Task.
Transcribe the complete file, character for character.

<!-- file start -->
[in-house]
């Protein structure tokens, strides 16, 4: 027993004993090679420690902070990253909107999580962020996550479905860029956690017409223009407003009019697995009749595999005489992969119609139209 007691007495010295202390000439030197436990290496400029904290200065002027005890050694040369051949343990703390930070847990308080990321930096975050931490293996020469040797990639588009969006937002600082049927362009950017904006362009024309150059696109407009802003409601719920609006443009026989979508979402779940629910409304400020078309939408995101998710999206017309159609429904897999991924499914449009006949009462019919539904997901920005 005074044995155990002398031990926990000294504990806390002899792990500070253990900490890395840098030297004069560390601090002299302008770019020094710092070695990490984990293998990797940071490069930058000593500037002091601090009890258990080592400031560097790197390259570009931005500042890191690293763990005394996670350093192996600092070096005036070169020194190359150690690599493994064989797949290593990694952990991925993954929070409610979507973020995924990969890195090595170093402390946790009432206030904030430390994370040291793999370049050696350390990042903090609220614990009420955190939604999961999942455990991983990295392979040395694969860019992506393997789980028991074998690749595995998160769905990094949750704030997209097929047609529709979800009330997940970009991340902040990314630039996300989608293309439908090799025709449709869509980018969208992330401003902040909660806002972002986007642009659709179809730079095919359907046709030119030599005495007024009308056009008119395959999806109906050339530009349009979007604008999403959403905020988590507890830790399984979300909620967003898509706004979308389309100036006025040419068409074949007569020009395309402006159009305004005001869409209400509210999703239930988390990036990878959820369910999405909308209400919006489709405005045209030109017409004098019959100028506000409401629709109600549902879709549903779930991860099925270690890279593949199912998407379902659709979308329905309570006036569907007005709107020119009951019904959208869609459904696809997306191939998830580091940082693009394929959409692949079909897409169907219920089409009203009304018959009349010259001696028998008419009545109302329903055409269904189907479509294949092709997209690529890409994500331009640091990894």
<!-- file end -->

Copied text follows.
[in-house]
């Protein structure tokens, strides 16, 4: 027993004993090679420690902070990253909107999580962020996550479905860029956690017409223009407003009019697995009749595999005489992969119609139209 007691007495010295202390000439030197436990290496400029904290200065002027005890050694040369051949343990703390930070847990308080990321930096975050931490293996020469040797990639588009969006937002600082049927362009950017904006362009024309150059696109407009802003409601719920609006443009026989979508979402779940629910409304400020078309939408995101998710999206017309159609429904897999991924499914449009006949009462019919539904997901920005 005074044995155990002398031990926990000294504990806390002899792990500070253990900490890395840098030297004069560390601090002299302008770019020094710092070695990490984990293998990797940071490069930058000593500037002091601090009890258990080592400031560097790197390259570009931005500042890191690293763990005394996670350093192996600092070096005036070169020194190359150690690599493994064989797949290593990694952990991925993954929070409610979507973020995924990969890195090595170093402390946790009432206030904030430390994370040291793999370049050696350390990042903090609220614990009420955190939604999961999942455990991983990295392979040395694969860019992506393997789980028991074998690749595995998160769905990094949750704030997209097929047609529709979800009330997940970009991340902040990314630039996300989608293309439908090799025709449709869509980018969208992330401003902040909660806002972002986007642009659709179809730079095919359907046709030119030599005495007024009308056009008119395959999806109906050339530009349009979007604008999403959403905020988590507890830790399984979300909620967003898509706004979308389309100036006025040419068409074949007569020009395309402006159009305004005001869409209400509210999703239930988390990036990878959820369910999405909308209400919006489709405005045209030109017409004098019959100028506000409401629709109600549902879709549903779930991860099925270690890279593949199912998407379902659709979308329905309570006036569907007005709107020119009951019904959208869609459904696809997306191939998830580091940082693009394929959409692949079909897409169907219920089409009203009304018959009349010259001696028998008419009545109302329903055409269904189907479509294949092709997209690529890409994500331009640091990894």